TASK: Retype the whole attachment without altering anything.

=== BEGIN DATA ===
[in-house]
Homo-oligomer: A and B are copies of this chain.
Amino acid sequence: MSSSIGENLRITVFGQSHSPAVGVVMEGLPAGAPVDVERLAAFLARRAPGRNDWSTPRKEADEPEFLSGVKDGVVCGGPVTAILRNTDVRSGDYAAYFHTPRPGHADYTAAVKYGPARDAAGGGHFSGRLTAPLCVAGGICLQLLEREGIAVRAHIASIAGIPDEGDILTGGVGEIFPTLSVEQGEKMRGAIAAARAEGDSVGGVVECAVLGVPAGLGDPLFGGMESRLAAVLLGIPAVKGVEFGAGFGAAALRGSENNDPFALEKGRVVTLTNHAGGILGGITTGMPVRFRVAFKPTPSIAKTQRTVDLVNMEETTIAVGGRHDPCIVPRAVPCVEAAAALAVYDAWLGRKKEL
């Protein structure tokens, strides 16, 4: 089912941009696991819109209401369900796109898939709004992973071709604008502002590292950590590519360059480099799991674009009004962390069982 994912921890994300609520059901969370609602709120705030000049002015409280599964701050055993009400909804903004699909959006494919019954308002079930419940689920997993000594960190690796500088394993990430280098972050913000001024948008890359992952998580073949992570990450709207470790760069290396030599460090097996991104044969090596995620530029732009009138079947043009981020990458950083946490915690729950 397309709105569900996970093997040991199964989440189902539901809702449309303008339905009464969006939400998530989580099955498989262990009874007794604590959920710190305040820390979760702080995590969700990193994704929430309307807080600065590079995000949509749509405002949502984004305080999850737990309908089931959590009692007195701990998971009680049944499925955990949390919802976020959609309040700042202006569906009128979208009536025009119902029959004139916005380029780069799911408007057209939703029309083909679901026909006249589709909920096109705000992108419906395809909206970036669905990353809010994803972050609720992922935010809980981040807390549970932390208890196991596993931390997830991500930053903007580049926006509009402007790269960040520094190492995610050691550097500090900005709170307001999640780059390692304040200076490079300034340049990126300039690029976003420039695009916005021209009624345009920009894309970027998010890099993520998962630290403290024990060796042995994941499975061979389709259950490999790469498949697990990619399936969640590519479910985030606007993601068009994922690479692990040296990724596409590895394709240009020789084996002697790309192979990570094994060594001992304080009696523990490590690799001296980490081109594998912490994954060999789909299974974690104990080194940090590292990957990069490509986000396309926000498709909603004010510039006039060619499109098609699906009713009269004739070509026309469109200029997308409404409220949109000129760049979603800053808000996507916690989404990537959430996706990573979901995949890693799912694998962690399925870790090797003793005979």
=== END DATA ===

[in-house]
Homo-oligomer: A and B are copies of this chain.
Amino acid sequence: MSSSIGENLRITVFGQSHSPAVGVVMEGLPAGAPVDVERLAAFLARRAPGRNDWSTPRKEADEPEFLSGVKDGVVCGGPVTAILRNTDVRSGDYAAYFHTPRPGHADYTAAVKYGPARDAAGGGHFSGRLTAPLCVAGGICLQLLEREGIAVRAHIASIAGIPDEGDILTGGVGEIFPTLSVEQGEKMRGAIAAARAEGDSVGGVVECAVLGVPAGLGDPLFGGMESRLAAVLLGIPAVKGVEFGAGFGAAALRGSENNDPFALEKGRVVTLTNHAGGILGGITTGMPVRFRVAFKPTPSIAKTQRTVDLVNMEETTIAVGGRHDPCIVPRAVPCVEAAAALAVYDAWLGRKKEL
């Protein structure tokens, strides 16, 4: 089912941009696991819109209401369900796109898939709004992973071709604008502002590292950590590519360059480099799991674009009004962390069982 994912921890994300609520059901969370609602709120705030000049002015409280599964701050055993009400909804903004699909959006494919019954308002079930419940689920997993000594960190690796500088394993990430280098972050913000001024948008890359992952998580073949992570990450709207470790760069290396030599460090097996991104044969090596995620530029732009009138079947043009981020990458950083946490915690729950 397309709105569900996970093997040991199964989440189902539901809702449309303008339905009464969006939400998530989580099955498989262990009874007794604590959920710190305040820390979760702080995590969700990193994704929430309307807080600065590079995000949509749509405002949502984004305080999850737990309908089931959590009692007195701990998971009680049944499925955990949390919802976020959609309040700042202006569906009128979208009536025009119902029959004139916005380029780069799911408007057209939703029309083909679901026909006249589709909920096109705000992108419906395809909206970036669905990353809010994803972050609720992922935010809980981040807390549970932390208890196991596993931390997830991500930053903007580049926006509009402007790269960040520094190492995610050691550097500090900005709170307001999640780059390692304040200076490079300034340049990126300039690029976003420039695009916005021209009624345009920009894309970027998010890099993520998962630290403290024990060796042995994941499975061979389709259950490999790469498949697990990619399936969640590519479910985030606007993601068009994922690479692990040296990724596409590895394709240009020789084996002697790309192979990570094994060594001992304080009696523990490590690799001296980490081109594998912490994954060999789909299974974690104990080194940090590292990957990069490509986000396309926000498709909603004010510039006039060619499109098609699906009713009269004739070509026309469109200029997308409404409220949109000129760049979603800053808000996507916690989404990537959430996706990573979901995949890693799912694998962690399925870790090797003793005979």